A multidisciplinary-tailored digital solution to data capture in early phase clinical trials.

Donna M. Graham, Gemma Wickert, Leanna Goodwin, Joanna Clarke, Carla Timmins, Dilshad Chang, Alison Walker, Amanda Rees, Steffan Stringer, Adam Theis, Louise Carter, Natalie Cook, Matthew Krebs, Fiona C. Thistlethwaite, Jennifer Bradford, Jennifer Royle, Andrew M. Hughes

Research output: Contribution to journalMeeting Abstractpeer-review


2Background: Data capture in early phase cancer clinical trials (EPCCT) is usually via paper records with manual transcription to the sponsor’s case report form. Capturing real time trial data directly to computer (eSource) may reduce errors and increase completeness and timeliness of data entry. A simulated system pilot took place between Oct 2018 and Jan 2019 at an EPCCT facility to appraise Foundry Health’s eSource system “ClinSpark”. Aims were to assess consistency and effectiveness of creating electronic templates for source data capture and live data collection compliance. Methods: A multidisciplinary focus group (MFG) (2 research nurses, 1 doctor, 3 data managers) was created to collaborate with Foundry Health staff. Specialised features of the eSource system were adapted to handle the complex needs of EPCCT. The pilot incorporated a 5 day boot camp for familiarisation to the digital platform; a conference room test using simulated patient data; construction of a trial template including contingency planning; and a clinic floor test with live simulated patient data collection using digital tablets. The MFG agreed on a 52 item user acceptance test listing ideal features for a data collection tool, with items classified as high, medium or low priority. Results: During the 3 month pilot, templates for 2 EPCCT were planned and created by the MFG. Using eSource, 43 items (83%) of the acceptance test were passed compared with 27 items (52%) for the current (paper) system. For the 30 high-priority items, eSource passed 30 (100%) compared with 22 for the paper system (73%). The paper system was not superior to eSource for any items assessed. Time saving and potential error reduction were noted as additional benefits. Conclusions: This process demonstrates that a multidisciplinary approach can be used to successfully integrate a customised eSource system working with previously untrained staff. Improved performance across pre-specified domains and potential additional benefits were noted. As FDA encourages use of digital solutions in clinical trials, using eSource provides a potential solution for compliant and efficient data capture from protocol assessments at investigator sites and rapid data transfer to sponsors.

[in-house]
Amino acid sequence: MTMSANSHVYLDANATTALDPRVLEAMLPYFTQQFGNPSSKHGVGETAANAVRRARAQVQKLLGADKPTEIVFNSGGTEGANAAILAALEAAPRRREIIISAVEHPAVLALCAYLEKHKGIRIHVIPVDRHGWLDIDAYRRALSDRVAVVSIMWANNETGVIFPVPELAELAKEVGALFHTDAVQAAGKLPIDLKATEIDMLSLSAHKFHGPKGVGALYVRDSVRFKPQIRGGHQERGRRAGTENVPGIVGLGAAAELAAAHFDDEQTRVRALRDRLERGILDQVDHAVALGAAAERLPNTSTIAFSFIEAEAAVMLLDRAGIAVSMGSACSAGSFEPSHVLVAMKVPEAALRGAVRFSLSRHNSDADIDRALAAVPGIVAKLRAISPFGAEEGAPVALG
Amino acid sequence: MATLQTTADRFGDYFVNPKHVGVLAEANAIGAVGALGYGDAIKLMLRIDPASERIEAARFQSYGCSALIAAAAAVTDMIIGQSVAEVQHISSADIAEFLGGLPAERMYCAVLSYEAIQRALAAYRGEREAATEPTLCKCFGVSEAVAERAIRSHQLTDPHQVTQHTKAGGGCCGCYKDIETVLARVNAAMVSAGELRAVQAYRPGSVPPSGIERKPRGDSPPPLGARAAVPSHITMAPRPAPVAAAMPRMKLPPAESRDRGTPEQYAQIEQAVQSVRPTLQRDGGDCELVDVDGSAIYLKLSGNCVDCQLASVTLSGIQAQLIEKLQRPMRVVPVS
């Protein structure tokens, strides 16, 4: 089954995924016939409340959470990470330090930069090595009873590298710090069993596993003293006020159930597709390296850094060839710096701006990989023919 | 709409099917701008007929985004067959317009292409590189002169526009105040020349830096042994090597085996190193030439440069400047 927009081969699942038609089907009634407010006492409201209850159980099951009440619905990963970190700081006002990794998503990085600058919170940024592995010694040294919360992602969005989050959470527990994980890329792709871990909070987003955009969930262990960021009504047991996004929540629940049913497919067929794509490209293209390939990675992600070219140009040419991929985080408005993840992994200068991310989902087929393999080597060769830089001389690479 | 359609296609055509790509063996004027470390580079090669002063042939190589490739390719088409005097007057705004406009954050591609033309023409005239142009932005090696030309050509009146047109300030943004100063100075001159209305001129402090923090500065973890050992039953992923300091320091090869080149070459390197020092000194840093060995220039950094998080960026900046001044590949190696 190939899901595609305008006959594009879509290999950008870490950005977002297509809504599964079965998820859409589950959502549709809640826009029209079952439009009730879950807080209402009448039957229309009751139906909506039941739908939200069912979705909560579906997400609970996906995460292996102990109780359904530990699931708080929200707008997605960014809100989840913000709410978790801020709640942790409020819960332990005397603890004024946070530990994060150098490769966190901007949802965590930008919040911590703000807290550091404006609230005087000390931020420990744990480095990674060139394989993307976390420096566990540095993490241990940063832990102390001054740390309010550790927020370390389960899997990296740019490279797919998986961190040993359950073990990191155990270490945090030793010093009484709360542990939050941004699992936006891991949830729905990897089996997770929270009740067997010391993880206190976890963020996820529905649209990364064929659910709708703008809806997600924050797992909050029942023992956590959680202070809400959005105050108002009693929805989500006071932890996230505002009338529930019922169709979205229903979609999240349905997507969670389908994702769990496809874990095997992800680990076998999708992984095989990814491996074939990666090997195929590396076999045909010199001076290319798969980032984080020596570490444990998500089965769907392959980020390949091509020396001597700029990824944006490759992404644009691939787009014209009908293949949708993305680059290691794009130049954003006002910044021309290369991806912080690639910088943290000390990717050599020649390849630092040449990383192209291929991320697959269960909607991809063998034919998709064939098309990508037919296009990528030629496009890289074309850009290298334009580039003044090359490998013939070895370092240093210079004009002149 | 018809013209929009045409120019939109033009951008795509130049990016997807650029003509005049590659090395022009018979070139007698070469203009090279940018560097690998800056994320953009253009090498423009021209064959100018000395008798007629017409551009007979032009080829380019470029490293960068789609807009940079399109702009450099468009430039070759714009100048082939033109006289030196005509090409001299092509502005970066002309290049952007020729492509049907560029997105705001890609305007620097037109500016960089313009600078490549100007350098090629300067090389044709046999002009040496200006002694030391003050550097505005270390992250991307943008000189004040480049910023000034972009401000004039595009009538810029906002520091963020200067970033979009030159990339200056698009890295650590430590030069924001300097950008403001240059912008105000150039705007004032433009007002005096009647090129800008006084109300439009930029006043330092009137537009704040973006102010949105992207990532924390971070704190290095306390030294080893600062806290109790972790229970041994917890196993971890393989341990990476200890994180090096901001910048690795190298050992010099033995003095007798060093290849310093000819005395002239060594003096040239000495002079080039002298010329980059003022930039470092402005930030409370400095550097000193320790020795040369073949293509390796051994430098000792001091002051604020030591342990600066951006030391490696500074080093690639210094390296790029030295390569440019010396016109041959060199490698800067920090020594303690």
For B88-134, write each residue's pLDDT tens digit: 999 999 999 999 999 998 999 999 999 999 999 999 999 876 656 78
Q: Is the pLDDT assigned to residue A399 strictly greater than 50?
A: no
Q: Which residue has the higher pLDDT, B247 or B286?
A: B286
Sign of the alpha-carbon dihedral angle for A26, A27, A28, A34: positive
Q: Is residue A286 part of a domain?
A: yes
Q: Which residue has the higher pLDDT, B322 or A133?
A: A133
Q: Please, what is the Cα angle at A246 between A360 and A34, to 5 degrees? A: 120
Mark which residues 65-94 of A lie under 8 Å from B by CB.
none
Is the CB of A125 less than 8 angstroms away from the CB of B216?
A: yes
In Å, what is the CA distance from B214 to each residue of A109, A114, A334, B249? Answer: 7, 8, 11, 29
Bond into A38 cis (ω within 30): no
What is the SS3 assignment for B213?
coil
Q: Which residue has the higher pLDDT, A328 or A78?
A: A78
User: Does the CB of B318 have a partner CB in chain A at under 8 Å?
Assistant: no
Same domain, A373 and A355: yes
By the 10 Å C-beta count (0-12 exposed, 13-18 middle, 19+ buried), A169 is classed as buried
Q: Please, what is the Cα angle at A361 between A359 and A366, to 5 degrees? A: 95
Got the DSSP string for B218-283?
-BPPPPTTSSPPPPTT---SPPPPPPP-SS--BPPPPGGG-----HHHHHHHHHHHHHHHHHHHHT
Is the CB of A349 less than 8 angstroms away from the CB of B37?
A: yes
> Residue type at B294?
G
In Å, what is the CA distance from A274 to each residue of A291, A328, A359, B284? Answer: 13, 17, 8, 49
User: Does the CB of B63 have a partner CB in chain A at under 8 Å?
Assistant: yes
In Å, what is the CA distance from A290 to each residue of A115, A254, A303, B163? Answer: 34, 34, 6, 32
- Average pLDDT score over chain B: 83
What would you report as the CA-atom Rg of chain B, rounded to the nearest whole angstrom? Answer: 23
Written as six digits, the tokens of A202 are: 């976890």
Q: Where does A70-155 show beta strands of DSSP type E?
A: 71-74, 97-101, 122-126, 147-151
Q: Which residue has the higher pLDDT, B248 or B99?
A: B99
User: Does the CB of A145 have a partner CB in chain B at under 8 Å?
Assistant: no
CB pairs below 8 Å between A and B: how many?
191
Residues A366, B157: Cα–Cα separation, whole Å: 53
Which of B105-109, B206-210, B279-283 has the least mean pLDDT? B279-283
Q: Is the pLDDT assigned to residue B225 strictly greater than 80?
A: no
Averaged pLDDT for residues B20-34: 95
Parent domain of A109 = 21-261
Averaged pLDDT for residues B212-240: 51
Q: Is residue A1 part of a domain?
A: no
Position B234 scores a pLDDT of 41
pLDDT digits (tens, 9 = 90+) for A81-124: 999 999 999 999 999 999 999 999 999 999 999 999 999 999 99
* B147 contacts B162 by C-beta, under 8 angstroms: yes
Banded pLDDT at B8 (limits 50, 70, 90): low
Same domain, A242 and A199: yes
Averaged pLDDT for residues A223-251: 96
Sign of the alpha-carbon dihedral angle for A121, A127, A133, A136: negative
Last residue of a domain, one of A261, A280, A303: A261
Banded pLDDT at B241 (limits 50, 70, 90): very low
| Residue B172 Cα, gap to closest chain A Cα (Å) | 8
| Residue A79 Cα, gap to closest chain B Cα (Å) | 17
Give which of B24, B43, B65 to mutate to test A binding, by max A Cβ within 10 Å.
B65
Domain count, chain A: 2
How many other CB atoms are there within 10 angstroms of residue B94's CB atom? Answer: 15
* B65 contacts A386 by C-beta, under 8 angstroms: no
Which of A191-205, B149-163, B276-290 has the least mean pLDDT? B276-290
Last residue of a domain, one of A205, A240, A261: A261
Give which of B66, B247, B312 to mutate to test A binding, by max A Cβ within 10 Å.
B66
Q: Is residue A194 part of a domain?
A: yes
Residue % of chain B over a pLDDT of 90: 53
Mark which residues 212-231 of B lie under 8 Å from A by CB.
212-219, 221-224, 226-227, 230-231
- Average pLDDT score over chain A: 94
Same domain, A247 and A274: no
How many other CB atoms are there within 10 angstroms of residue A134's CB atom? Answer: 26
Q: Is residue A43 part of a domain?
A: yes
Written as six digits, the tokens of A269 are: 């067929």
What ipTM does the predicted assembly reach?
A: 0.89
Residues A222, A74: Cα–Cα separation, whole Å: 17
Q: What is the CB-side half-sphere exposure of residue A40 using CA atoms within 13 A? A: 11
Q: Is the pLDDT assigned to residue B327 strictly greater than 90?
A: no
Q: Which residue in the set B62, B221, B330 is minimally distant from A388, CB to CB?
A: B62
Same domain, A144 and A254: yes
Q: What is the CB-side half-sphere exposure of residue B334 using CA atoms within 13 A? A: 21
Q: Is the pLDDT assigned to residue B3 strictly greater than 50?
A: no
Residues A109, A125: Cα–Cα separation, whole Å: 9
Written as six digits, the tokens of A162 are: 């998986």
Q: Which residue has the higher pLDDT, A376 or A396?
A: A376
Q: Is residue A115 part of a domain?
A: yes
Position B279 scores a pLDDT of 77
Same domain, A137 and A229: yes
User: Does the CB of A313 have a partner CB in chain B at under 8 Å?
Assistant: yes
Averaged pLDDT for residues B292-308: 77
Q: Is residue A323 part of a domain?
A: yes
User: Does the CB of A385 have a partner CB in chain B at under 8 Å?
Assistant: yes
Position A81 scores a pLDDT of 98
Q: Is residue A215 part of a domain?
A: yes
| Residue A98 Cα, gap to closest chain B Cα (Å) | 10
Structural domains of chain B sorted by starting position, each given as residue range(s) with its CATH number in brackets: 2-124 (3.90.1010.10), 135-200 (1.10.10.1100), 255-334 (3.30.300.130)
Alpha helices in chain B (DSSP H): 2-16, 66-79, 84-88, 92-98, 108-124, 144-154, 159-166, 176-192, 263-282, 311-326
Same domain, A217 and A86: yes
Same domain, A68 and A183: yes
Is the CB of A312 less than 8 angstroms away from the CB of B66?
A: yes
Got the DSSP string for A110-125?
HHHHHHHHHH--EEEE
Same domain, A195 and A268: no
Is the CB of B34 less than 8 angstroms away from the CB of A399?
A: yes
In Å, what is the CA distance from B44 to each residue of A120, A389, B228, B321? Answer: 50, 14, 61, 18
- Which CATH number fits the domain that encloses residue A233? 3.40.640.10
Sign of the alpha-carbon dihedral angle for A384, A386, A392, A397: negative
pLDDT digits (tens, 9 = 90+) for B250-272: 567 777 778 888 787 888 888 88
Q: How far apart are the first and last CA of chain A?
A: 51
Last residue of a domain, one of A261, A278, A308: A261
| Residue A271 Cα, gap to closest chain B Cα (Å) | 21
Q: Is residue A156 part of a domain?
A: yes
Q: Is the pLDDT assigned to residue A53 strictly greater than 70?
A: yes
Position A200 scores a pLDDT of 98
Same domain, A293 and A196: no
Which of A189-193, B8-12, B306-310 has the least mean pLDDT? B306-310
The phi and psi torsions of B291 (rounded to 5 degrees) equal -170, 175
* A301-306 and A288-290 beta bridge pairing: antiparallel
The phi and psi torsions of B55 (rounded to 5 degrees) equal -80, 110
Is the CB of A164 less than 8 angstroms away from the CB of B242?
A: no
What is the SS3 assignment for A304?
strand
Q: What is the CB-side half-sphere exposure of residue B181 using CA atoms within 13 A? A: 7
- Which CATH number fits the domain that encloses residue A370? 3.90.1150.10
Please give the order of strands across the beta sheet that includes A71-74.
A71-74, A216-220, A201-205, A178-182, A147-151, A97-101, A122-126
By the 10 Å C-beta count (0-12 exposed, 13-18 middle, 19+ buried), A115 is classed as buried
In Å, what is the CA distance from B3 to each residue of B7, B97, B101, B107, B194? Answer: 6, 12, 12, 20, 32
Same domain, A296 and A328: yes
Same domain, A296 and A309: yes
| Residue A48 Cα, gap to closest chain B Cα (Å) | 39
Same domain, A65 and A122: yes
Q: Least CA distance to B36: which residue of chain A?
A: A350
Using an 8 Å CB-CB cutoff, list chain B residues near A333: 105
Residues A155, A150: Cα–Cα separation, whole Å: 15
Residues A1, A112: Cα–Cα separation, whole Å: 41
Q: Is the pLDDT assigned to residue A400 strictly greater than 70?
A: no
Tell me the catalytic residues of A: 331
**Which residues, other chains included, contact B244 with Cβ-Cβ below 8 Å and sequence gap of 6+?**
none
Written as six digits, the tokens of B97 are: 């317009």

Original languageEnglish
Pages (from-to)2-2
Number of pages1
JournalJournal of Global Oncology
Issue numbersuppl
Publication statusPublished - 7 Oct 2019

Research Beacons, Institutes and Platforms

  • Manchester Cancer Research Centre


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